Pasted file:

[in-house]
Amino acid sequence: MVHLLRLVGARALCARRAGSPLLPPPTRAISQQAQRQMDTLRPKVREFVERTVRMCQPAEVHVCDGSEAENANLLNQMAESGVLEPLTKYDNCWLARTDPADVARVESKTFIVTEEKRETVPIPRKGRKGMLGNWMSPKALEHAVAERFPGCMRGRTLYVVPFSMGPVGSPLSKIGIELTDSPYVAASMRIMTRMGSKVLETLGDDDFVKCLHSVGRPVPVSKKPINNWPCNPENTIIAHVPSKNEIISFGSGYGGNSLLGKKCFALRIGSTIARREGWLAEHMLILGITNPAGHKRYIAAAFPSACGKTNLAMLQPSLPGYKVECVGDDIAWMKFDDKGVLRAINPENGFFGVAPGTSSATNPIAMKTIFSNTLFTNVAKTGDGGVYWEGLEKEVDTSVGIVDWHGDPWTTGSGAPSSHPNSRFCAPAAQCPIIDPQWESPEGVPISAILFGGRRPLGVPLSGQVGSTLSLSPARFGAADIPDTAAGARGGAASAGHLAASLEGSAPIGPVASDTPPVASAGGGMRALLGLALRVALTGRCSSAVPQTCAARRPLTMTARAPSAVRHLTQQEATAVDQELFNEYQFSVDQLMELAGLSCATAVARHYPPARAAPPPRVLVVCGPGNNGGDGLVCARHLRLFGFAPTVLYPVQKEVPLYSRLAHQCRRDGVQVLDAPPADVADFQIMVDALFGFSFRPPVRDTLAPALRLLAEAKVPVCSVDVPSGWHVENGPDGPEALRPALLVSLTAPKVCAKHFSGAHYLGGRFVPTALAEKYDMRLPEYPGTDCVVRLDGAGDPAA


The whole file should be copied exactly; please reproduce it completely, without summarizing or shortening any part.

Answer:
[in-house]
Amino acid sequence: MVHLLRLVGARALCARRAGSPLLPPPTRAISQQAQRQMDTLRPKVREFVERTVRMCQPAEVHVCDGSEAENANLLNQMAESGVLEPLTKYDNCWLARTDPADVARVESKTFIVTEEKRETVPIPRKGRKGMLGNWMSPKALEHAVAERFPGCMRGRTLYVVPFSMGPVGSPLSKIGIELTDSPYVAASMRIMTRMGSKVLETLGDDDFVKCLHSVGRPVPVSKKPINNWPCNPENTIIAHVPSKNEIISFGSGYGGNSLLGKKCFALRIGSTIARREGWLAEHMLILGITNPAGHKRYIAAAFPSACGKTNLAMLQPSLPGYKVECVGDDIAWMKFDDKGVLRAINPENGFFGVAPGTSSATNPIAMKTIFSNTLFTNVAKTGDGGVYWEGLEKEVDTSVGIVDWHGDPWTTGSGAPSSHPNSRFCAPAAQCPIIDPQWESPEGVPISAILFGGRRPLGVPLSGQVGSTLSLSPARFGAADIPDTAAGARGGAASAGHLAASLEGSAPIGPVASDTPPVASAGGGMRALLGLALRVALTGRCSSAVPQTCAARRPLTMTARAPSAVRHLTQQEATAVDQELFNEYQFSVDQLMELAGLSCATAVARHYPPARAAPPPRVLVVCGPGNNGGDGLVCARHLRLFGFAPTVLYPVQKEVPLYSRLAHQCRRDGVQVLDAPPADVADFQIMVDALFGFSFRPPVRDTLAPALRLLAEAKVPVCSVDVPSGWHVENGPDGPEALRPALLVSLTAPKVCAKHFSGAHYLGGRFVPTALAEKYDMRLPEYPGTDCVVRLDGAGDPAA